Zardari is fighting democracy,alleges Sharif

Nawaz Sharif has attacked President Asif Ali Zardari for 'fighting democracy' and blamed his actions for the unrest in the country.

Written by Agencies | Islamabad | Published:March 14, 2009 11:29 am

Amid efforts to defuse the political crisis,former Pakistani premier Nawaz Sharif has attacked President Asif Ali Zardari for “fighting democracy” and blamed his actions for the unrest in the country.

“Zardari is fighting democracy. Rather than fighting terrorism,he is fighting democracy… I think he is wasting his efforts on a futile exercise,” Sharif said adding,it was a matter of time before the power of the people brought about a change in Pakistan.

“It is the actions of Zardari which triggered off this unrest in the country. Who is then responsible for destabilisation?” the two-time former premier told ‘Dawn News’ channel in an interview.

Sharif,whose PML-N is backing the long march launched by the lawyers’ movement to pressure Zardari’s ruling PPP to reinstate judges sacked during the 2007 emergency,said he was not trying to bring down the government.

“I am not trying to dislodge the government at all,” he said adding,the PML-N wants to “restore the rule of law and to reinstate the judges who stood against” former military ruler Pervez Musharraf,he added.

Zardari has been buckling under intense domestic and international pressure to bring to an end the political turmoil in the country.

Zardari was ready “in principle” to end Governor’s Rule in Punjab,imposed on February 25 after the Supreme Court barred PML-N leaders Nawaz and Shahbaz Sharif from holding elected office,Dawn News channel had quoted official sources as saying on Friday.

Holding the President and not the PPP responsible for the unrest and political crisis in Pakistan,Sharif said he hoped that “sense prevails on Zardari and he rectifies all the wrongs that have been done”.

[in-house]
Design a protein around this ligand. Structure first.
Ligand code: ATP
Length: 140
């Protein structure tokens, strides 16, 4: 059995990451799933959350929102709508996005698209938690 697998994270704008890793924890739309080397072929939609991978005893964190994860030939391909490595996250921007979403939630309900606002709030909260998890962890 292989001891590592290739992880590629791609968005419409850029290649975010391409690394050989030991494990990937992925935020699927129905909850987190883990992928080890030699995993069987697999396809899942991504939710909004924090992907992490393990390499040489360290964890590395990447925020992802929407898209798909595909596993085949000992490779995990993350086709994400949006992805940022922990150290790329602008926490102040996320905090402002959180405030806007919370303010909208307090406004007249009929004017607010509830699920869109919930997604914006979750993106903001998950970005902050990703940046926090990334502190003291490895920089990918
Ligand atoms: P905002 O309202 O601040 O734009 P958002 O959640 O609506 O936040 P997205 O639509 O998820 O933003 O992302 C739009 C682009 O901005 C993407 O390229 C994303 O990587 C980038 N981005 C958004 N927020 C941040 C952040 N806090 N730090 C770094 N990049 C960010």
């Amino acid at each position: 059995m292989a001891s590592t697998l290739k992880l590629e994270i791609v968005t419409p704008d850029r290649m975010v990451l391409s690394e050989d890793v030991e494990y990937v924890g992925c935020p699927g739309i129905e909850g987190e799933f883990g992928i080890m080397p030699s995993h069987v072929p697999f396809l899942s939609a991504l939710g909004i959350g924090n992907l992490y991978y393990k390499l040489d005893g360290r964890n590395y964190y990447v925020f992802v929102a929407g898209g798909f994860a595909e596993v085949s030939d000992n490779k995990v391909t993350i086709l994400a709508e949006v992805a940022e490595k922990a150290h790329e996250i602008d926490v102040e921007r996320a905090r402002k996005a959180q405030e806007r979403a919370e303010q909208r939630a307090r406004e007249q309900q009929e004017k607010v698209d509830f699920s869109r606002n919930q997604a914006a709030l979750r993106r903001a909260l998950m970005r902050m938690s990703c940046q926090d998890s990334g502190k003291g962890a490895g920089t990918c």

He said people’s power would bring about a change in Pakistan and this could happen within a few days or a few years.

Sharif said he was not aware of any package being worked on by Prime Minister Yousuf Raza Gilani for reconciliation between the PML-N and PPP.

Appreciating the role played by the Prime Minister,he said Gilani should either convince Zardari to change things or “take his own decisions”.

Sharif and his brother,former Punjab Chief Minister Shahbaz Sharif,have accused Zardari of influencing a Supreme Court order last month that barred them from contesting polls and holding elected office.

Following the court’s verdict,Zardari imposed Governor’s Rule in Punjab,which was ruled by the PML-N.

The party then decided to back the lawyers’ long march that is scheduled to culminate with a sit-in near parliament on March 16.

Asked if he had unnecessarily raised the political temperature by calling for a revolution,Sharif replied: “I don’t think so. I think I have been talking the right things. I have no personal motive. I am not going to become the Prime Minister if the long march succeeds”.

The PML-N had wanted to usher in changes “without staging a long march” but the need for the protest “arose when Zardari refused to honour his commitments (and) to fulfill his obligations”,he said.

“Now a stage has come that nothing is happening and everything was still going peacefully till about two weeks ago when Zardari got a judgment from these courts that the lawyers’ community and civil society is struggling against,” Sharif said,referring to the apex court’s verdict against him and his brother.

Noting that any violence will be “counter-productive”,the former premier said “they cannot prevent the long march. And even if they temporarily do,the march will emerge again.

I don’t think these people will (stop) unless and until the judges and the independence of the judiciary is reinstated”. He criticised the government for launching a crackdown to thwart the long march. Lawyers and opposition political parties have said over 1,000 people have been detained across the country since Tuesday.

Sharif said the PML-N government in Punjab could have been saved if he and Shahbaz “had come to terms with Zardari and if we had accepted his so-called deal on the basis of give and take”.

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